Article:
What is structured property finance

Structured property finance is a portion of the finance industry, it deals with the management of leverage and risk. The strategies involved are centred around legal and corporate restructuring, which involves off balance sheet accounting and the use of financial instruments.

Structured property finance generally falls under three main headers, Securitisation, Tranching and Credit Enhancement.

Securitisation

Securitisation is the practice of grouping together different types of contractual debt, for example various types of mortgages, car finance or credit card debt, and selling the cash flow onto a third party who takes these on as securities.

Tranching

Tranching is the creation of different classes of securities from the same pool of assets. It is the system used to create different investment classes for the securities. Tranching allows the cash flow from the underlying assets to be diverted to various investor groups. Tranching is explained on Wikipedia as follows, “A key goal of the tranching process is to create at least one class of securities whose rating is higher than the average rating of the underlying collateral pool or to create rated securities from a pool of unrated assets. This is accomplished by the use of credit enhancement, such as the prioritisation of payments to the different tranches.”

Credit Enhancement

Credit enhancement is essential in creating securities with a higher rating than any underlying asset pool. The issuing of subordinate bonds is an example of the use of credit enhancement to allocate any losses from the collateral before losses are allocated to the senior bonds, this then boosts the credit of the senior bonds, i.e. credit enhancement.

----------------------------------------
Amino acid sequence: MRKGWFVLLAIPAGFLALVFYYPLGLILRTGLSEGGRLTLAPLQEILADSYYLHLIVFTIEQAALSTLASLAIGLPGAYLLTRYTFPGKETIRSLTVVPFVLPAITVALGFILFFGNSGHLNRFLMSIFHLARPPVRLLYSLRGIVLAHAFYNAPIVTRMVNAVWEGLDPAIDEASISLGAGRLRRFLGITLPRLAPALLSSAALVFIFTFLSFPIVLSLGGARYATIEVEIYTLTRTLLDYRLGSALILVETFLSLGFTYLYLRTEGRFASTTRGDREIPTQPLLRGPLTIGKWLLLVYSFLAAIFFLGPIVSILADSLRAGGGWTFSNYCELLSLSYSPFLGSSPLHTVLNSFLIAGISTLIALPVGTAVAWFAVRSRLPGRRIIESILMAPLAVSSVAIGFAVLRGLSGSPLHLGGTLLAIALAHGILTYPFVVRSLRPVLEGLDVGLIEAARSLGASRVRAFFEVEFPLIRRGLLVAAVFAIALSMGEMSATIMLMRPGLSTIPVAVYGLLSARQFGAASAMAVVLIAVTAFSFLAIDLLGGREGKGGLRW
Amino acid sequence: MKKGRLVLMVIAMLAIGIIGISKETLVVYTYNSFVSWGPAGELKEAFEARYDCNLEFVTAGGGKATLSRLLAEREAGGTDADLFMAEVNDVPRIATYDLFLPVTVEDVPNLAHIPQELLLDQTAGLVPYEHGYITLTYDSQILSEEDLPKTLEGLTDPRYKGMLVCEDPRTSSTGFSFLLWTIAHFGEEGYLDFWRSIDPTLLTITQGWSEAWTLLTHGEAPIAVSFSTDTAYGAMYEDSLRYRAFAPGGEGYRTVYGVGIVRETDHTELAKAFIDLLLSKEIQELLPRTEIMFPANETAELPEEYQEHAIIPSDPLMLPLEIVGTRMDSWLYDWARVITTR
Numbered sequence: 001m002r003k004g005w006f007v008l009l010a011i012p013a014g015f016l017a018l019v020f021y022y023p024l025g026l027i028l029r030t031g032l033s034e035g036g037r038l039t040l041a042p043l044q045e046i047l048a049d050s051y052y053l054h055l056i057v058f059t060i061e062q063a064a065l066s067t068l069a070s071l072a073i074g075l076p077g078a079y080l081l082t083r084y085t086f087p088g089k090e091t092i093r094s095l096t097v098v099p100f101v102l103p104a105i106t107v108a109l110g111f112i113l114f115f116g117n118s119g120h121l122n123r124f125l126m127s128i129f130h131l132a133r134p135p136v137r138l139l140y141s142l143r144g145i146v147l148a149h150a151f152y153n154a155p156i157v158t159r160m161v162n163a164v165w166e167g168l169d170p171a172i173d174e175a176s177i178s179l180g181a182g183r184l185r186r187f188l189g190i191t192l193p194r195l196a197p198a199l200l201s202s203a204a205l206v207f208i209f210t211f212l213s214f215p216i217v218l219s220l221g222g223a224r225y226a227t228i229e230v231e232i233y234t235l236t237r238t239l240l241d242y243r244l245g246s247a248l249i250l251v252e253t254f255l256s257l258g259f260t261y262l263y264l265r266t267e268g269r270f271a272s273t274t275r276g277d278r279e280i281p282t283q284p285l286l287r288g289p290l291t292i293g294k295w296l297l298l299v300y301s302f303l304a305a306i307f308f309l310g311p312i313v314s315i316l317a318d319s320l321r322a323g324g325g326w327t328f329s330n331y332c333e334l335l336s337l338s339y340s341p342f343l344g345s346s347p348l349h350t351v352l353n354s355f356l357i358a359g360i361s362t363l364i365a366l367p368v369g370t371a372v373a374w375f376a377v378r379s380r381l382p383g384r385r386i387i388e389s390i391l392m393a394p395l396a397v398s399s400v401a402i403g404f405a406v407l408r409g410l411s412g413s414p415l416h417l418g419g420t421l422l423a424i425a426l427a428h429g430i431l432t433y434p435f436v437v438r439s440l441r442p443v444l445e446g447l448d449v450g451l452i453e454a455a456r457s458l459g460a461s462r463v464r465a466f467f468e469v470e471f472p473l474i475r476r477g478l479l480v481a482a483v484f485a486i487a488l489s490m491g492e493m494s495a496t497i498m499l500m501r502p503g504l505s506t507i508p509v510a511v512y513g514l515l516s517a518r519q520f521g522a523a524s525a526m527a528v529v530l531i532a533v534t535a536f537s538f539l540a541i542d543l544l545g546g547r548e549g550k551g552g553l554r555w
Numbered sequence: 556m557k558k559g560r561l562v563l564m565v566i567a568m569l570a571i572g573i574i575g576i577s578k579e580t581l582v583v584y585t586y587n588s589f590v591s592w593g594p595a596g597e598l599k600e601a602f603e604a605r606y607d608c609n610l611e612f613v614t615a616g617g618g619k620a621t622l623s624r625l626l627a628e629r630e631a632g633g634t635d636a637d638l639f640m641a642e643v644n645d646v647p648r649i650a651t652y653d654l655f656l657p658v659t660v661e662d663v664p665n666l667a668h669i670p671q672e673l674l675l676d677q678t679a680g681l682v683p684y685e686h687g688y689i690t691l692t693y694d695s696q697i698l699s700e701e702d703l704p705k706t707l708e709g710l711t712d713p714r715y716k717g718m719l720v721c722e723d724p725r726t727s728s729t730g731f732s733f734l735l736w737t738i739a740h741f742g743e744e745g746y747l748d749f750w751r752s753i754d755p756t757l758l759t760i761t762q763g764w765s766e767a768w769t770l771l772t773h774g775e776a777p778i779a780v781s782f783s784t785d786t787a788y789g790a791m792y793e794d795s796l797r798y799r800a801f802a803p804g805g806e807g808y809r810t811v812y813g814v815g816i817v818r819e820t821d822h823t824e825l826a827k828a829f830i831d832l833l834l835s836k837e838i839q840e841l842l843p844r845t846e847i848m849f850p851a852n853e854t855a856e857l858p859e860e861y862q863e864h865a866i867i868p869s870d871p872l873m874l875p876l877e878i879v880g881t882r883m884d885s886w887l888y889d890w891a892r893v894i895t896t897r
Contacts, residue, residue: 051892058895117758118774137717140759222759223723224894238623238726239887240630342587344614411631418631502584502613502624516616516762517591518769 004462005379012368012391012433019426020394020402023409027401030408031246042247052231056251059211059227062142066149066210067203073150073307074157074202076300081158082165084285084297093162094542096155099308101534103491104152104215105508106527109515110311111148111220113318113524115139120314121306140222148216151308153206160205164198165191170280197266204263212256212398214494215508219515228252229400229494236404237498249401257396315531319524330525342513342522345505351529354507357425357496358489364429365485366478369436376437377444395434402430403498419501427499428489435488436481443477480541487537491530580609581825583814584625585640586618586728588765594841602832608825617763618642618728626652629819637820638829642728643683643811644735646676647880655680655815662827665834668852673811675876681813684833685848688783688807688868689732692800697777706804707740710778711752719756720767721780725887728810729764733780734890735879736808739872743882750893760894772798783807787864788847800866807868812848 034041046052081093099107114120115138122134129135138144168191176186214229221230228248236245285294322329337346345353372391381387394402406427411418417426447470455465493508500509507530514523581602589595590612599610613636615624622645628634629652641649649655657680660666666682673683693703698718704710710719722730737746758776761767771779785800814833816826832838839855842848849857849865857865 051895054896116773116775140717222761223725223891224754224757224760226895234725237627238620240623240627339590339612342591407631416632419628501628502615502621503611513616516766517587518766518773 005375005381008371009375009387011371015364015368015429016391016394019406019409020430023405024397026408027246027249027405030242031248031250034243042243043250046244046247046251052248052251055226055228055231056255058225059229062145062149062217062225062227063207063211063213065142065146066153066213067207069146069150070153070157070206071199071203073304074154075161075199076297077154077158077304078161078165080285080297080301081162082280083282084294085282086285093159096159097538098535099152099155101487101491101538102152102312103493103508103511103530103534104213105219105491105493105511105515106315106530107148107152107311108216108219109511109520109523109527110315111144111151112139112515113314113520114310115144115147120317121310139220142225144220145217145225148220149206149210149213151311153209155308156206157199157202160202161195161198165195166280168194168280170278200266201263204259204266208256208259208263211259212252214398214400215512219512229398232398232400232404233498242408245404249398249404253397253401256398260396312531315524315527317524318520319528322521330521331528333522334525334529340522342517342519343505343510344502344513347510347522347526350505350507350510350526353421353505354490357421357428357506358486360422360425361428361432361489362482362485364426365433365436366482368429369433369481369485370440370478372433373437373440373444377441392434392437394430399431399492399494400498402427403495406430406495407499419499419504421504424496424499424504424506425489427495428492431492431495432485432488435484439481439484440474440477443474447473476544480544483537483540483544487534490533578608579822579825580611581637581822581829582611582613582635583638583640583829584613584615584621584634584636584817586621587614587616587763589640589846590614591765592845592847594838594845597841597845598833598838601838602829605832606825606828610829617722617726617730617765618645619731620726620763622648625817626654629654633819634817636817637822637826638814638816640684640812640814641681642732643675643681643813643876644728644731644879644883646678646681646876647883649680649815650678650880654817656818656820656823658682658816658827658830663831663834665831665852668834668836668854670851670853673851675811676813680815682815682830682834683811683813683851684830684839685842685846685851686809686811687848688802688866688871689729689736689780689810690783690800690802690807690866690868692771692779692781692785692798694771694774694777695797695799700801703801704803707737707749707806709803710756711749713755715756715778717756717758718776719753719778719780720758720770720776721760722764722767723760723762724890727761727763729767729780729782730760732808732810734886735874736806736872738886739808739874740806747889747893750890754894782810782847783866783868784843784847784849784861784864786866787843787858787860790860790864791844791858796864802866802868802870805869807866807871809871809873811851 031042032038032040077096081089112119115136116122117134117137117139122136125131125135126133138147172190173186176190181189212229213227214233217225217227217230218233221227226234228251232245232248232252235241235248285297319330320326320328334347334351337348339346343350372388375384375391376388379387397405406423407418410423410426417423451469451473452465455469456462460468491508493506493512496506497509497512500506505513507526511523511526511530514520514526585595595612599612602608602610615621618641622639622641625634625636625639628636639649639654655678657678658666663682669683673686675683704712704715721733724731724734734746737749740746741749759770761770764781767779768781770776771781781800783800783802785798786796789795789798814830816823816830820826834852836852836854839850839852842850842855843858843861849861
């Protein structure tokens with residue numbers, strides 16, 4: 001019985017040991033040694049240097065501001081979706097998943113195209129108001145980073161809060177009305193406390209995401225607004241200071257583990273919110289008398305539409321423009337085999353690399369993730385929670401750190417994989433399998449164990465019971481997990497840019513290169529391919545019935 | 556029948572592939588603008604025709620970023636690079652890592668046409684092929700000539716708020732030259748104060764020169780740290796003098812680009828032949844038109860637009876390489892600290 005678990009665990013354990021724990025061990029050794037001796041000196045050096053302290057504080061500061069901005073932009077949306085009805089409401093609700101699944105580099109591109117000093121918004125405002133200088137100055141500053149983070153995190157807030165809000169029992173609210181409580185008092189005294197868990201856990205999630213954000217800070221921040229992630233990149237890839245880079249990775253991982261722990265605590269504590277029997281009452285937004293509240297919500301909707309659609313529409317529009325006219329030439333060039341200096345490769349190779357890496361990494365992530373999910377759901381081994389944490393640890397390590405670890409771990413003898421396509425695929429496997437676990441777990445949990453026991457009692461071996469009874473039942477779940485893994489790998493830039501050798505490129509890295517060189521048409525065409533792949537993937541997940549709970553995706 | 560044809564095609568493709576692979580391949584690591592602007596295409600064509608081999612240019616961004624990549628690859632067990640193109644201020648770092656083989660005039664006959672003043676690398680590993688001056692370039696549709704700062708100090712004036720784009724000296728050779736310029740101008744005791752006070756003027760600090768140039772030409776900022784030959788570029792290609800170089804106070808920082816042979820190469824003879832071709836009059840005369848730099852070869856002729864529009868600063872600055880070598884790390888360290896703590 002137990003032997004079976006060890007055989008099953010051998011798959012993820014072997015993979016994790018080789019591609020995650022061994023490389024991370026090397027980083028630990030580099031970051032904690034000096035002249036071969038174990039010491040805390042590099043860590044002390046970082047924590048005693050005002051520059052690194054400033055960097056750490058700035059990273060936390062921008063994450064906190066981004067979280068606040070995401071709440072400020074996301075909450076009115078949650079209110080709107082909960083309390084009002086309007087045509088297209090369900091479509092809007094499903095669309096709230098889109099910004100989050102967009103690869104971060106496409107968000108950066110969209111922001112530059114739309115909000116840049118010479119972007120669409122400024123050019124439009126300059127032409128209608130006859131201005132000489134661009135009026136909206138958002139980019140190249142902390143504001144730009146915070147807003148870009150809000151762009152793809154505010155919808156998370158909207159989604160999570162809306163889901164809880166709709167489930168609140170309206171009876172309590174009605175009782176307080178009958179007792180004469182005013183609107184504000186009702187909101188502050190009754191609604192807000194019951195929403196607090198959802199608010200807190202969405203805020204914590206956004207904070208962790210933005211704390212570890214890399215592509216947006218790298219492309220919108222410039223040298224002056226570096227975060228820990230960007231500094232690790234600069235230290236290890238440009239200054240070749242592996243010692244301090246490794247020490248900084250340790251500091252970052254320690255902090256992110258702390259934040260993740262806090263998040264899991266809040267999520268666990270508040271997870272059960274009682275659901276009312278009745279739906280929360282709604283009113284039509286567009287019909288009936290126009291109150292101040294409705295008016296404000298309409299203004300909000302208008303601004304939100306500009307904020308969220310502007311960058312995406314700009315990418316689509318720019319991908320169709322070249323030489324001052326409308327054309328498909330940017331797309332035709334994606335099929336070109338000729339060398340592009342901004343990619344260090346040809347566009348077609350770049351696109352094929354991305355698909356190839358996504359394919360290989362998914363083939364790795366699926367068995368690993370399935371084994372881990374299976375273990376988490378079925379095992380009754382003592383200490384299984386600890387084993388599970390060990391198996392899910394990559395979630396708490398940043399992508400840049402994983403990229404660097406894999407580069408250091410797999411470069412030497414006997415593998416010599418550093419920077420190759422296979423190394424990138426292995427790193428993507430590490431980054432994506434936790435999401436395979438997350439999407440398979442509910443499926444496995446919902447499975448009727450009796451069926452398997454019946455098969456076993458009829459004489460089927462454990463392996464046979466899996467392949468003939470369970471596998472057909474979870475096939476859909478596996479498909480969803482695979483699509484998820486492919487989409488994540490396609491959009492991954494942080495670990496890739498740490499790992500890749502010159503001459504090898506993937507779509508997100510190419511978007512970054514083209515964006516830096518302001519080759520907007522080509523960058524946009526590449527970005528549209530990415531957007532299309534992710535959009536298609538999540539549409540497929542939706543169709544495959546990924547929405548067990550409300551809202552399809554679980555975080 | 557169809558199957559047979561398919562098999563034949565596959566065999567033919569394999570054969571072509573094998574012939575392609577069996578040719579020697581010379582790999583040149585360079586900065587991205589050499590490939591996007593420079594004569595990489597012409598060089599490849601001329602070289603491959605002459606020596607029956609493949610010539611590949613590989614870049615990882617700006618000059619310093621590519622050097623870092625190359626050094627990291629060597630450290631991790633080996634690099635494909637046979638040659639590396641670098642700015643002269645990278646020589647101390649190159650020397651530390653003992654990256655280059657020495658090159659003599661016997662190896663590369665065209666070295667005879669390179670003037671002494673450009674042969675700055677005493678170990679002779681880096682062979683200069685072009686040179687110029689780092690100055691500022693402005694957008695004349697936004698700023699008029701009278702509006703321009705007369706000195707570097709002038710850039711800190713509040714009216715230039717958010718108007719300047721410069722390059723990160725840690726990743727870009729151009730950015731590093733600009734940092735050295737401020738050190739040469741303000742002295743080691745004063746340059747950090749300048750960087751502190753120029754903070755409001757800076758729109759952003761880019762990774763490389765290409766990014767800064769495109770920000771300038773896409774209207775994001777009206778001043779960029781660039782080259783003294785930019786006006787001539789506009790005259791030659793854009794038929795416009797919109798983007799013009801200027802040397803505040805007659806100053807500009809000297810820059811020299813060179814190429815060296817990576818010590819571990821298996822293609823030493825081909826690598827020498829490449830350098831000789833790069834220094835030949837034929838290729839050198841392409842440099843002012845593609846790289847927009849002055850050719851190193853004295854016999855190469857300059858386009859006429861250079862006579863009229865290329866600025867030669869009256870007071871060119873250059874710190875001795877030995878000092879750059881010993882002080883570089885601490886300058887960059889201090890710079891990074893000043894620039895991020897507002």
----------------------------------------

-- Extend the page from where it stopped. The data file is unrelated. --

The ratings of the securities play an important part in structured property finance for instruments that are meant to be sold to investors. Many mutual funds, governments, and private investors will only purchase instruments that have been rated by a known credit rating agency.

Types of financial instruments

There are a few main types of financial instruments used in structured property finance, there are securities, obligations and derivatives amongst others.

Securities

Securities fall under two main headers, asset-backed securities and mortgage backed securities. Asset-backed securities are bonds or notes which are based upon pools of assets and their respective cash flow from a specific pool of underlying assets. Mortgage backed securities are asset-backed securities, but they rely on the principal payments and interest from a group of mortgage loans to generate cash flow. There are a few types of mortgage-backed securities, residential, commercial and collateralized. Residential mortgage-backed securities are typically residential homes with single family occupancy. Commercial mortgage-backed securities are based on commercial entities such as shopping centres or office blocks. Insurance linked securities are used to transfer risk linked to insurance losses in the case of a catastrophic event, which are usually seen as uncorrelated to traditional finance markets.